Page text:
Eventually, the extensive inflammatory process leads to adhesions which distorts the normal anatomy of the pelvic organs and their relationship to each other. The ultimate result of these abnormalities would be infertility, painful intercourse and chronic pelvic pain.
Clinical Presentation of Endometriosis
Patients with endometriosis commonly complain of chronic lower abdominal pain that is maximum few days before the menstruation and that eventually improves after menstrual flow ends.
Additionally, painful sexual intercourse, back pain, painful menstruation, and dysuria or urinary frequency are commonly seen in these patients. The different locations of pain can be related to the organs involved in the disease and the presence of intraabdominal adhesions.
Dysuria and urinary frequency are signs of urinary tract infection which happens when the adhesions kink the ureters or direct invasion of the urinary tract happens.
In some patients, acute severe lower abdominal pain results at the time of the menstruation which is thought to be due to shedding of the ectopic endometrial tissue due to the cyclic hormonal changes.
Women with endometriosis usually have a family history of the disease, long duration of menstrual flow and an improvement of the symptoms during pregnancy. Family history of endometriosis increases the risk by approximately 10 times suggesting a strong genetic factor in the disease.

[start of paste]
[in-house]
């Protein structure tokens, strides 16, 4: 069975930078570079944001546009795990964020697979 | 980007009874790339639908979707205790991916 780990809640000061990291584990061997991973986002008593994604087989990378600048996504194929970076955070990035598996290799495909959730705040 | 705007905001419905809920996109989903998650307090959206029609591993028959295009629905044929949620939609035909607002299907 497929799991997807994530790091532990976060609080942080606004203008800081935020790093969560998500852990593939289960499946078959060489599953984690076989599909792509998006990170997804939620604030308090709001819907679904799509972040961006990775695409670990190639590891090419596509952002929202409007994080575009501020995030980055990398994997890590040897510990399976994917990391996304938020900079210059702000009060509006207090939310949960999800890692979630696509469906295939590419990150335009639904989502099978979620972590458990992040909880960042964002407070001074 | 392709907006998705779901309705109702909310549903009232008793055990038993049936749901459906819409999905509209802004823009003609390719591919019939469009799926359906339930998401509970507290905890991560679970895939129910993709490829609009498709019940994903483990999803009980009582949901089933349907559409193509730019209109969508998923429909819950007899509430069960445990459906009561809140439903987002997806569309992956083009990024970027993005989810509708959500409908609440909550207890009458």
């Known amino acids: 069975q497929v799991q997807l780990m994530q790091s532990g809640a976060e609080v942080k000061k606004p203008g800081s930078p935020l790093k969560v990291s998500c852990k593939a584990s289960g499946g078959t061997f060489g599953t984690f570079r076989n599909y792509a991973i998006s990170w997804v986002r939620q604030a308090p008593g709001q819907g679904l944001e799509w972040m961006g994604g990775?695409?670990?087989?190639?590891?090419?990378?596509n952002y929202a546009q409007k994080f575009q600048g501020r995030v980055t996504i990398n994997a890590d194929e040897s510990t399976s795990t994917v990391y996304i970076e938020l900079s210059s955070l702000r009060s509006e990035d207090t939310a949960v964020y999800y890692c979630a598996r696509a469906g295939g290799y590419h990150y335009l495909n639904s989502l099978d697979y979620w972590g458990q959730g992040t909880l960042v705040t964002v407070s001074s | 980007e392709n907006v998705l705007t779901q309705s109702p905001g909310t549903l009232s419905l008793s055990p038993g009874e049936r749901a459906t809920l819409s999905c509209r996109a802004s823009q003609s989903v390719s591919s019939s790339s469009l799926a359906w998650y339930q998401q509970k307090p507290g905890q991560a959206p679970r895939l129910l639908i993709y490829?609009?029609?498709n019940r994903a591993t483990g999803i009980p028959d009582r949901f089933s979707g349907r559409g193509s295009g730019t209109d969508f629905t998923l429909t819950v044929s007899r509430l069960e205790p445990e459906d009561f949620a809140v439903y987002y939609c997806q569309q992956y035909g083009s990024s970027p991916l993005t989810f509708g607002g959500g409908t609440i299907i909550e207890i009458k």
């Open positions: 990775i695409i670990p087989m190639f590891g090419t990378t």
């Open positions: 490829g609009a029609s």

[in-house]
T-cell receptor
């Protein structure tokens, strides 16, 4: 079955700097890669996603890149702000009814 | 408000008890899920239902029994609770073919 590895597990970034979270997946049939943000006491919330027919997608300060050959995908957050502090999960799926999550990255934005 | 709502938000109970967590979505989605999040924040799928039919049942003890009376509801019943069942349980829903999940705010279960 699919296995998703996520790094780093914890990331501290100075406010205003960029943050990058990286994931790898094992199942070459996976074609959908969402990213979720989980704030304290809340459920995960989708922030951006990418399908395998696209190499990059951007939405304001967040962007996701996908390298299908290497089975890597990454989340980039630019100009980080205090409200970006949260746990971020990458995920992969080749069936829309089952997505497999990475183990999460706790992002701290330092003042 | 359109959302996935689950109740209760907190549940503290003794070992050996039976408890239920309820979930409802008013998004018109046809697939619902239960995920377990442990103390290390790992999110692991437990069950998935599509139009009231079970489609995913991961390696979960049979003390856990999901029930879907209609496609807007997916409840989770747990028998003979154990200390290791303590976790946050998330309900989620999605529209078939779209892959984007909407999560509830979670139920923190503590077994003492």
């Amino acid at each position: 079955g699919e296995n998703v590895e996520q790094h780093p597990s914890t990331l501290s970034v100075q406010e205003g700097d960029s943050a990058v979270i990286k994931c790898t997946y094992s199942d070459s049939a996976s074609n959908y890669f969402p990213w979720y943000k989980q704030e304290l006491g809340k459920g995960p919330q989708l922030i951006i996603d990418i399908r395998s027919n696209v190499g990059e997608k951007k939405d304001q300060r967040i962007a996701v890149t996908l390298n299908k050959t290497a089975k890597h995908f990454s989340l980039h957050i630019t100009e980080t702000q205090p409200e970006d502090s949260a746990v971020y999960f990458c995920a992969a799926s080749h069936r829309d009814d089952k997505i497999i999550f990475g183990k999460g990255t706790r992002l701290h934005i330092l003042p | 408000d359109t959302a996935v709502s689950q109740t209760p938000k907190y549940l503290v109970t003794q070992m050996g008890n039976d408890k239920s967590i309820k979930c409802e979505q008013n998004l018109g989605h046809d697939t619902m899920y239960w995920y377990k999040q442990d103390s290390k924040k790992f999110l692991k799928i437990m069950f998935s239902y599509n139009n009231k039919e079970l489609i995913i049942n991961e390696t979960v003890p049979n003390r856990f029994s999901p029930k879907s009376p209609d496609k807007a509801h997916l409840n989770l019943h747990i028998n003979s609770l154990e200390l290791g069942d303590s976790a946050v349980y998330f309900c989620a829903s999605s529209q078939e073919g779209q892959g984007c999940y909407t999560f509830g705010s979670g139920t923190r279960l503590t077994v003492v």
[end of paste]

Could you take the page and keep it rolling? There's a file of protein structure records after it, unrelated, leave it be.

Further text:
Diagnostic Work-up for Endometriosis
Pelvic infections and urinary tract infections can complicate endometriosis. A complete blood count to check white blood cells count might be helpful in excluding these diagnoses. Additionally, sexually transmitted diseases can cause pelvic inflammatory disease and pain and should be excluded by the appropriate blood and smear tests.
Recently, it was found that patients with endometriosis have an elevated Thomsen-Friedenreich T antibodies which supports the hypothesis of autoimmune pathology. Looking for these antibodies can help in the diagnosis of endometriosis. Elevated CCR1 is also found in women with endometriosis.
Cancer antigen 125 is neither specific nor sensitive for endometriosis but is usually slightly elevated in women with huge ectopic implants.
Imaging studies are the most helpful modality to diagnose endometriosis and to exclude other differential diagnoses.
Transvaginal ultrasound is superior to transabdominal or endorectal ultrasonography in assessing pelvic organs involvement and identification of the cystic nature of the endometrial ectopic implants. The common chocolate cysts of the ovaries can be identified with transvaginal ultrasound. Endorectal ultrasound is useful in the assessment of rectal and cul-de-sac involvement.
Magnetic resonance imaging (MRI) is useful in the identification of rectal and cul-de-sac disease and is usually more sensitive than ultrasound for detection of localized disease. Unfortunately, MRI is less useful for diffuse endometriosis.
The gold-standard to diagnose endometriosis is to perform a laparoscopy. In laparoscopy, blue, black, red, white or non-pigmented lesions can be identified. Laparoscopic evaluation of endometriosis has to be systemic in order to not miss the lesions and the different organs known to be involved need to be checked in this order: the ovaries, cul-de-sac, the broad and uterosacral ligaments, the rectum and sigmoid colon, the bladder and finally the distal ureter.